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Thorp v. Gosselin Hotel Co.

NOVEMBER 22, 1965.

DONALD THORP, PLAINTIFF,

v.

GOSSELIN HOTEL COMPANY, AN ILLINOIS CORPORATION, AURORA ISLAND HOTEL COMPANY, AN ILLINOIS CORPORATION, AND ROBERT W. ROBINSON, ET AL., DEFENDANTS. ROBERT W. ROBINSON, COUNTER-PLAINTIFF, APPELLANT,

v.

DONALD THORP, COUNTER-DEFENDANT, APPELLEE.



Appeal from the Circuit Court, 16th Judicial Circuit, Kane County; the Hon. NEIL E. MAHONEY, Judge, presiding. Reversed and remanded. MR. JUSTICE MORAN DELIVERED THE OPINION OF THE COURT.

Counterplaintiff, Robert W. Robinson, appeals from the trial court's judgment order disallowing his counterclaim for real estate broker's commission of $10,000 against Donald Thorp, counterdefendant. Thorp had sued two hotel companies, an attorney and Robinson for fraud and deceit in inducing Thorp to enter contracts to purchase a hotel building from one corporate defendant, forty rooms of furniture from the other corporate defendant and to pay Robinson a brokerage commission of $10,000. Thorp asked the court to declare the contracts null and void and order the return of his earnest money deposit held by the attorney.

The attorney was dismissed before trial, and after a trial on the merits the trial court held in favor of the corporate defendants in the original case and in favor of plaintiff and counterdefendant Thorp on the counterclaim. Plaintiff did not appeal; however, Robinson appeals from the denial of his counterclaim.

On March 11, 1963, Thorp, who described himself as a real estate investor, entered into a contract to purchase the Aurora Hotel in downtown Aurora for $175,000, together with furniture for forty hotel rooms from the Leland Hotel for $60,000. He paid $5,000 down and paid another $5,000 on April 1, 1963. The contract provided for the final $165,000 for the hotel to be paid by May 1, 1963.

Thorp had been approached about purchasing the hotel in January of 1962 by Robinson, and in January of 1963, Robinson mentioned it to him again. The asking price was reported to be $175,000 net to the sellers. In February, 1963, Thorp made a formal written offer to purchase the property for $175,000, which was to include the broker's commission. After this offer was refused he made a second offer of $175,000 net, which was not to include the broker's commission. This was accepted and the contract of March 11, 1963, was prepared and signed and the earnest money was paid.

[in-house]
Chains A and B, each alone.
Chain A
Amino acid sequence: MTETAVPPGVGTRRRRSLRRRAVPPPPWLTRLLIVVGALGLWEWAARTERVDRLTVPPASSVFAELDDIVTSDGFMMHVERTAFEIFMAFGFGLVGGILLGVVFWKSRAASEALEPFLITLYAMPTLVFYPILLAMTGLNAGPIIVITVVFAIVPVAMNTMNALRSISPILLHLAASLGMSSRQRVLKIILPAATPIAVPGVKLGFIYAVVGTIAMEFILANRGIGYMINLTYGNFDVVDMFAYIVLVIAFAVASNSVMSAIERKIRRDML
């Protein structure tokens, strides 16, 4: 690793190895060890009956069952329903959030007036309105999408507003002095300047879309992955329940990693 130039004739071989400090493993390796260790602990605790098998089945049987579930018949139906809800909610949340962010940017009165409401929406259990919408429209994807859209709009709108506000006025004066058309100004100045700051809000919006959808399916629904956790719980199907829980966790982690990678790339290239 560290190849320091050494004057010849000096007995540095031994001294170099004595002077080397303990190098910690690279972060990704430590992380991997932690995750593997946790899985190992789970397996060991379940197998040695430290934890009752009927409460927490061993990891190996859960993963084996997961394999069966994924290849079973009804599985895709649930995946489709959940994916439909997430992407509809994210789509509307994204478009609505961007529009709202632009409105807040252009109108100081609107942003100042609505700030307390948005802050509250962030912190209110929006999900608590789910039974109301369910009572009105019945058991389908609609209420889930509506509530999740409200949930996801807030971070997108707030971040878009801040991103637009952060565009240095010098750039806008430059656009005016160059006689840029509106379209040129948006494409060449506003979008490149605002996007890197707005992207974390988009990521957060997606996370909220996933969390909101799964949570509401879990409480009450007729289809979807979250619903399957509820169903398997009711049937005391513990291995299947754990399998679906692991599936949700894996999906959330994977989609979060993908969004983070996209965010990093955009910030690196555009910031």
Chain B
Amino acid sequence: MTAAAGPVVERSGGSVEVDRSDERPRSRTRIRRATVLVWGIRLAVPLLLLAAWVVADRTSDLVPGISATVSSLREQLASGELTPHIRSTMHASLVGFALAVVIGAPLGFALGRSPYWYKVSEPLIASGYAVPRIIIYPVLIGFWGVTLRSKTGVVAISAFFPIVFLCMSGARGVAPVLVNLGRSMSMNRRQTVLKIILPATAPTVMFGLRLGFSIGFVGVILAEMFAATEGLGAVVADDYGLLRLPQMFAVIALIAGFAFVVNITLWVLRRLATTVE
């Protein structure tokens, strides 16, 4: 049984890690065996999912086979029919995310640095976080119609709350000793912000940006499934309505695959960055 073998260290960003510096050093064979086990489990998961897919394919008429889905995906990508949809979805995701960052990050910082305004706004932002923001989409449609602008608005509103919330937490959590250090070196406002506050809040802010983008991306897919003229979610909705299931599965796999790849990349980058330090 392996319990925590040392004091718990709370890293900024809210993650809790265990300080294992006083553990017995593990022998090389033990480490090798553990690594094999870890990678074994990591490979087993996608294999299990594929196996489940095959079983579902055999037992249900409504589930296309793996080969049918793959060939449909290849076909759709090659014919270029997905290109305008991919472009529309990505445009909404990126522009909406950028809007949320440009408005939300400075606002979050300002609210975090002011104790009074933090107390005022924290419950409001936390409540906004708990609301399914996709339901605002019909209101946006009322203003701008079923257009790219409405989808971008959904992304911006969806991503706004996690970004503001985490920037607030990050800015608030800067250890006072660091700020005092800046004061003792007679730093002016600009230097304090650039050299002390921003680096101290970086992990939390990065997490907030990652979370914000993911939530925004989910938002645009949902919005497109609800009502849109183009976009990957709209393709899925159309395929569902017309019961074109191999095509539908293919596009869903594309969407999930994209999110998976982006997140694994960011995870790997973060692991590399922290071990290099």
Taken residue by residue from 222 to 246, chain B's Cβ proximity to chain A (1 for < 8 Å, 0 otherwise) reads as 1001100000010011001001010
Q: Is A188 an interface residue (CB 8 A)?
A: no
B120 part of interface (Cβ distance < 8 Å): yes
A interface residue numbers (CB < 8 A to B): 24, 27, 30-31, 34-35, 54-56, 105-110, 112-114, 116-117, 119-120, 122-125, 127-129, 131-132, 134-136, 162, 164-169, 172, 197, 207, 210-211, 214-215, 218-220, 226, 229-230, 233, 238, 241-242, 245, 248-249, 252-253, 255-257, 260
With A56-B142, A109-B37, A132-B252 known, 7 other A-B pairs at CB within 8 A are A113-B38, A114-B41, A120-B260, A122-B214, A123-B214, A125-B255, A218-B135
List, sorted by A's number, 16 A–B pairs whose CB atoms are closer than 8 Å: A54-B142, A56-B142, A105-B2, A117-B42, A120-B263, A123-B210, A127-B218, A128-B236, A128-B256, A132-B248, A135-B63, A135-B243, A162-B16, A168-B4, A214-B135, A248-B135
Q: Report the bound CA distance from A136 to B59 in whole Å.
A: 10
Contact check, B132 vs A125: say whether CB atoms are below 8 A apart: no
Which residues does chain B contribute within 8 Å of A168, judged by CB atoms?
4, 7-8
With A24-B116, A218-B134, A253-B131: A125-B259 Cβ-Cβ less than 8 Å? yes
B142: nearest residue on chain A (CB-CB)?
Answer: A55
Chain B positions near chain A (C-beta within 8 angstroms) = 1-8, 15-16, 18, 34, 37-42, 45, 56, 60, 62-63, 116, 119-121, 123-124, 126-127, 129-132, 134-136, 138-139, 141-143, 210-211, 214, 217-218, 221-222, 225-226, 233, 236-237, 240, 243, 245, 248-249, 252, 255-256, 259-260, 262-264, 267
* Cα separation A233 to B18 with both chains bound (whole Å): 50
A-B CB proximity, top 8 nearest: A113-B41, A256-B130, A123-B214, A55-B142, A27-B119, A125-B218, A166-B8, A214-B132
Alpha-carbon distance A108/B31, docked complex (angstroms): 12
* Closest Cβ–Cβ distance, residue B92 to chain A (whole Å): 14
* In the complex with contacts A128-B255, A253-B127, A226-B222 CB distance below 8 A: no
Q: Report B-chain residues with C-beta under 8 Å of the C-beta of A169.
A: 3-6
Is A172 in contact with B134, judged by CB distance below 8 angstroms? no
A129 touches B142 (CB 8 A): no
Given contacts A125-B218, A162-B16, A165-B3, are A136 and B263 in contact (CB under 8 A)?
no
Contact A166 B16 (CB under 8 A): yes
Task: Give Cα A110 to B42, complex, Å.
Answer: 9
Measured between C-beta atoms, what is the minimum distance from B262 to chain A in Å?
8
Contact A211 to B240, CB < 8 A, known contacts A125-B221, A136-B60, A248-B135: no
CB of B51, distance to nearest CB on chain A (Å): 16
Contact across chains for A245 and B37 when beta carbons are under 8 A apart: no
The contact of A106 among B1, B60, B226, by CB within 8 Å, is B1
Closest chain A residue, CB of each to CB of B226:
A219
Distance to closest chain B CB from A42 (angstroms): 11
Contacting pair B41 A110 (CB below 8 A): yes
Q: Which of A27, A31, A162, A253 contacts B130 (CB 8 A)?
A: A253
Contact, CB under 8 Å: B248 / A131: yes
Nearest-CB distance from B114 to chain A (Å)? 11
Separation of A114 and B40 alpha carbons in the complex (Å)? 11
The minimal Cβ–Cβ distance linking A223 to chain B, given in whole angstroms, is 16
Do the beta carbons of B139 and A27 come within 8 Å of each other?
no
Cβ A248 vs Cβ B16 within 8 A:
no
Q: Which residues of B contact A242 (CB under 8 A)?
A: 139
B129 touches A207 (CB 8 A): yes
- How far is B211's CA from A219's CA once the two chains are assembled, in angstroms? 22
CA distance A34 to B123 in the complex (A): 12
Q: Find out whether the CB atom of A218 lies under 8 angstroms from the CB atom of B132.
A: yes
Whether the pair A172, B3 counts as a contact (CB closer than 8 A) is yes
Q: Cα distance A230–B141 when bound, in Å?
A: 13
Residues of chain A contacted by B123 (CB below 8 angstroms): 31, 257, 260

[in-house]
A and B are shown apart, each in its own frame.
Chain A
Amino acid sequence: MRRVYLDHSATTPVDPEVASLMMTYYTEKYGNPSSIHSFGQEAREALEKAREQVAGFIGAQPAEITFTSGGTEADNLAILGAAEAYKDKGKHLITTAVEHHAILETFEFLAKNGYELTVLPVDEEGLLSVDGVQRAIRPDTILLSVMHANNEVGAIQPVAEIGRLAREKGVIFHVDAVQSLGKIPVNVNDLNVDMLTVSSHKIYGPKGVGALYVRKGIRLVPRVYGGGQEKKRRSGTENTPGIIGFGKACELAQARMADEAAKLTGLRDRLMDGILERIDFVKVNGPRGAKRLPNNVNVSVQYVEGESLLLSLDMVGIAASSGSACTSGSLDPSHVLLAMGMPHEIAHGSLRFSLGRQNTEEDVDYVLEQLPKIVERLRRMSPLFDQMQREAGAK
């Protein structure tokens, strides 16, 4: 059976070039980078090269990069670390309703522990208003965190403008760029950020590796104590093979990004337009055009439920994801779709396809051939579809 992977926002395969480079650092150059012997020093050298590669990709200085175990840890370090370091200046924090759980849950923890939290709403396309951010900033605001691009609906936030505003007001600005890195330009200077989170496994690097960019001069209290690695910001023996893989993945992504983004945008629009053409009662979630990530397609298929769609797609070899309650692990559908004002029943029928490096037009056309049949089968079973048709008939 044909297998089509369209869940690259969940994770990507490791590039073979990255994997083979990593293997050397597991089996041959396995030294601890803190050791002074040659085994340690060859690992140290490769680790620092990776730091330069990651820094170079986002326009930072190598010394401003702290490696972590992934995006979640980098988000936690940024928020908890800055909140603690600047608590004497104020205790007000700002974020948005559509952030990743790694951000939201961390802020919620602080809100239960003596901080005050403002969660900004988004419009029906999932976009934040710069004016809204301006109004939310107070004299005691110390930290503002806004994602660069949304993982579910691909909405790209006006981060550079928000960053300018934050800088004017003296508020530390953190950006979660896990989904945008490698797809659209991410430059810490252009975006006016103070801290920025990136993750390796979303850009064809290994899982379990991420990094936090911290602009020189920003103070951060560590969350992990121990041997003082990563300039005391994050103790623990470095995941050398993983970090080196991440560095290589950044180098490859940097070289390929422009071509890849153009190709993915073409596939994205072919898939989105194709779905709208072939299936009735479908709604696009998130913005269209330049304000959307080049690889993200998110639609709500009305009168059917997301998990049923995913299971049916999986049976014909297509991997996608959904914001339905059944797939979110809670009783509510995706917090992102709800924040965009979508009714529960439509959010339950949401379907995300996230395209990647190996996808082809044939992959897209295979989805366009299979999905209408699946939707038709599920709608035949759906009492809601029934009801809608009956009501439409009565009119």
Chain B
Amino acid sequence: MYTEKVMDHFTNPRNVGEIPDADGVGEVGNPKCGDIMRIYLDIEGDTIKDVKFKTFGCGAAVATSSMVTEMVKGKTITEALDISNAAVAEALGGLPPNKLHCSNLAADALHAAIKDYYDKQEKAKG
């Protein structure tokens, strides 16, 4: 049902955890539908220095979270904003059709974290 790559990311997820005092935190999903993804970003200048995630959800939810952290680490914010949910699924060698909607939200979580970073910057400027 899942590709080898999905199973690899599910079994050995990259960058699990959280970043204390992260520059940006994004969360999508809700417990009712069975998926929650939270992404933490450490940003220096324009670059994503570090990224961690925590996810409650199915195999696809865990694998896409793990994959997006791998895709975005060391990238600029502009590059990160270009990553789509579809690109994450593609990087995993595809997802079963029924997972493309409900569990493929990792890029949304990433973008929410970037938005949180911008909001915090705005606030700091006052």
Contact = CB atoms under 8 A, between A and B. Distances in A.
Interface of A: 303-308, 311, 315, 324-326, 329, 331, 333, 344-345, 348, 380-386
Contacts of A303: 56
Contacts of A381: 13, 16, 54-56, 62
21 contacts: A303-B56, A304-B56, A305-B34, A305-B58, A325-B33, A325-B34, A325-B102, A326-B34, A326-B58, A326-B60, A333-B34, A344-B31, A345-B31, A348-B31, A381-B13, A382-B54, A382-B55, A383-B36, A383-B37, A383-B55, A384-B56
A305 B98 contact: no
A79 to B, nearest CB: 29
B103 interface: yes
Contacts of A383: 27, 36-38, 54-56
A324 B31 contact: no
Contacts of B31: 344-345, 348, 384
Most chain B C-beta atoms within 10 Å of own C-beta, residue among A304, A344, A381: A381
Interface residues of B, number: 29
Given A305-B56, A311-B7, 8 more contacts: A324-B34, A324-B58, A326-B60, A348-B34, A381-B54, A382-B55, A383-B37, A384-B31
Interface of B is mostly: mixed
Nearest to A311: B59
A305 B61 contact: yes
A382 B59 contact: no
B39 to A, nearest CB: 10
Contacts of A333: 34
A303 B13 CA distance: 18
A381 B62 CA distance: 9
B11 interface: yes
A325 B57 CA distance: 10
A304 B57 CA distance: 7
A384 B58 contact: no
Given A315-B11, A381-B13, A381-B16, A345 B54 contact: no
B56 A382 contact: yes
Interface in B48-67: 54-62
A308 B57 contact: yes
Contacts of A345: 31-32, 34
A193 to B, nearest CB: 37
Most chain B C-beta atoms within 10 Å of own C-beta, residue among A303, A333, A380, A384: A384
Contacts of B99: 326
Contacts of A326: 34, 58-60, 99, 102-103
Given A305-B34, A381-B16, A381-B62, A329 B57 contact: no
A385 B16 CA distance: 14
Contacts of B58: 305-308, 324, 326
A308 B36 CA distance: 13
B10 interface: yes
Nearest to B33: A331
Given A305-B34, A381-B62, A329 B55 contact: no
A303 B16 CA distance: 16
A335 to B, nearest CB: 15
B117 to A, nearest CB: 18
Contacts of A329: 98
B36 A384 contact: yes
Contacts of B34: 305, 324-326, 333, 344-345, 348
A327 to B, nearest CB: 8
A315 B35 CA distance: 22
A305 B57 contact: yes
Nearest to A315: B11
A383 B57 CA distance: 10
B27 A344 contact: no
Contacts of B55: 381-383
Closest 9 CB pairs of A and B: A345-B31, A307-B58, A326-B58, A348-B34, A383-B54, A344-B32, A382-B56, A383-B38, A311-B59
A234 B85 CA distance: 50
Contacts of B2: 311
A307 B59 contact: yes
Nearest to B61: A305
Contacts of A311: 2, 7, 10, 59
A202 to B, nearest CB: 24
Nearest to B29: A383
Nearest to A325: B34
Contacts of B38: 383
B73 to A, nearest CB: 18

Subsequently, on March 19, 1963, Thorp entered into a written agreement to pay a broker's commission of $10,000 to Robinson for his services in the transaction.

The March 11, 1963, contract was not made contingent upon Thorp obtaining financing and there was testimony that he stated at that time he already had financing committed.

During March, April and May of 1963, Thorp made certain attempts to obtain financing but without success. He finally defaulted on the purchase contract.

During the trial, Thorp testified that Robinson had acted as his broker in previous transactions; that Robinson had several listings on properties owned by Thorp about which they conferred together regularly; that in January of 1962, when they talked about the hotel property, Robinson told him a member of the Gosselin family had said the net profits of the hotel were around $23,000. Thorp further testified that, prior to entering into the purchase contract, Ward Gosselin told him the profits for two or three years were $23,000 per year. The property had been appraised at about $250,000 or $300,000.

Prior to March 11, 1963, Thorp had never inspected the hotel except to go through the lobby. He had been advised that the plumbing was bad, that the plaster on some of the walls was crumbling and falling, and that there had been a falling out between the various members of the Gosselin family. He stated that Robinson told him that he did not care what the net earnings of the hotel had been because if the hotel could support the three Gosselin families, it could certainly support one family, and that under new management the hotel could earn substantially more than it had in the past.

On cross-examination, Thorp admitted that he had used the figure of $22,000, rather than $23,000 at the discovery deposition; that he had stated at the deposition that he did not recall asking for a statement of earnings of the hotel prior to March 11, 1963, and that he did not recall hearing the Gosselins say anything about net earnings before March 11, 1963.

Frank Muneio, an officer of one of the lending institutions to which Thorp applied for a loan, testified that Thorp told him the purchase price was $250,000, and the net earnings were approximately $5,000.

William Ward Gosselin testified that no net earnings figures were mentioned in the negotiations and Thorp never asked for any such figures. He thought Thorp was acting for another undisclosed purchaser because of his lack of interest in the earnings of the hotel. An offer was made to Thorp that he could look at the hotel books and records, but he did not avail himself of the offer.

It further appears that on May 4, 1963, Thorp received a letter from John Gosselin stating the income to be about $5,000, and later on or about May 15, 1963, at Thorp's request, Robinson wrote a letter. In this letter he stated that in the first part of 1963, John Gosselin gave him various figures including the figure of $21,311.00 as "new" income per year from 1960 to date.

Thorp admitted several times during his testimony that he had understood Robinson to have been only relaying net income ...


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